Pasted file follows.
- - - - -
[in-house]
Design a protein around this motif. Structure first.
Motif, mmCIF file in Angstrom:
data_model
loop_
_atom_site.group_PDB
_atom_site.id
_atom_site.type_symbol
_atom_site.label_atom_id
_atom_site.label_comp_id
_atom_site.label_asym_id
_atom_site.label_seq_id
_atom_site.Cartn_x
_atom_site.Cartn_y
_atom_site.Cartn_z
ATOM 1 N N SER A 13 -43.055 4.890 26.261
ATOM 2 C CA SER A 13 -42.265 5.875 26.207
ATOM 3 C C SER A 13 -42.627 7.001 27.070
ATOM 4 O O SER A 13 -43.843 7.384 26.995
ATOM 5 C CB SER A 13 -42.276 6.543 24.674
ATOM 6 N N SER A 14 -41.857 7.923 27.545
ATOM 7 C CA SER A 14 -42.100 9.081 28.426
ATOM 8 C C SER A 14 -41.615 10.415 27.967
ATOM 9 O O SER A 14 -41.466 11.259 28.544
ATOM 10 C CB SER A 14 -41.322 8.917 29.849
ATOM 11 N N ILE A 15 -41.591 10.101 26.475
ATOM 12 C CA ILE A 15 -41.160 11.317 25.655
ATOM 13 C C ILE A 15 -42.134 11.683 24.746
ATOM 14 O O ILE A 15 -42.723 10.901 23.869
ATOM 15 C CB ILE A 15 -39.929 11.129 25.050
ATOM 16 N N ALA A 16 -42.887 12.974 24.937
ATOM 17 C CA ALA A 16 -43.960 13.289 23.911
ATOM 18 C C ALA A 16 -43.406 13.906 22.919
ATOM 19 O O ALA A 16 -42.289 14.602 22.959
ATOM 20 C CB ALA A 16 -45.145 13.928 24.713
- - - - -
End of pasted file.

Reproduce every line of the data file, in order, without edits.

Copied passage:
[in-house]
Design a protein around this motif. Structure first.
Motif, mmCIF file in Angstrom:
data_model
loop_
_atom_site.group_PDB
_atom_site.id
_atom_site.type_symbol
_atom_site.label_atom_id
_atom_site.label_comp_id
_atom_site.label_asym_id
_atom_site.label_seq_id
_atom_site.Cartn_x
_atom_site.Cartn_y
_atom_site.Cartn_z
ATOM 1 N N SER A 13 -43.055 4.890 26.261
ATOM 2 C CA SER A 13 -42.265 5.875 26.207
ATOM 3 C C SER A 13 -42.627 7.001 27.070
ATOM 4 O O SER A 13 -43.843 7.384 26.995
ATOM 5 C CB SER A 13 -42.276 6.543 24.674
ATOM 6 N N SER A 14 -41.857 7.923 27.545
ATOM 7 C CA SER A 14 -42.100 9.081 28.426
ATOM 8 C C SER A 14 -41.615 10.415 27.967
ATOM 9 O O SER A 14 -41.466 11.259 28.544
ATOM 10 C CB SER A 14 -41.322 8.917 29.849
ATOM 11 N N ILE A 15 -41.591 10.101 26.475
ATOM 12 C CA ILE A 15 -41.160 11.317 25.655
ATOM 13 C C ILE A 15 -42.134 11.683 24.746
ATOM 14 O O ILE A 15 -42.723 10.901 23.869
ATOM 15 C CB ILE A 15 -39.929 11.129 25.050
ATOM 16 N N ALA A 16 -42.887 12.974 24.937
ATOM 17 C CA ALA A 16 -43.960 13.289 23.911
ATOM 18 C C ALA A 16 -43.406 13.906 22.919
ATOM 19 O O ALA A 16 -42.289 14.602 22.959
ATOM 20 C CB ALA A 16 -45.145 13.928 24.713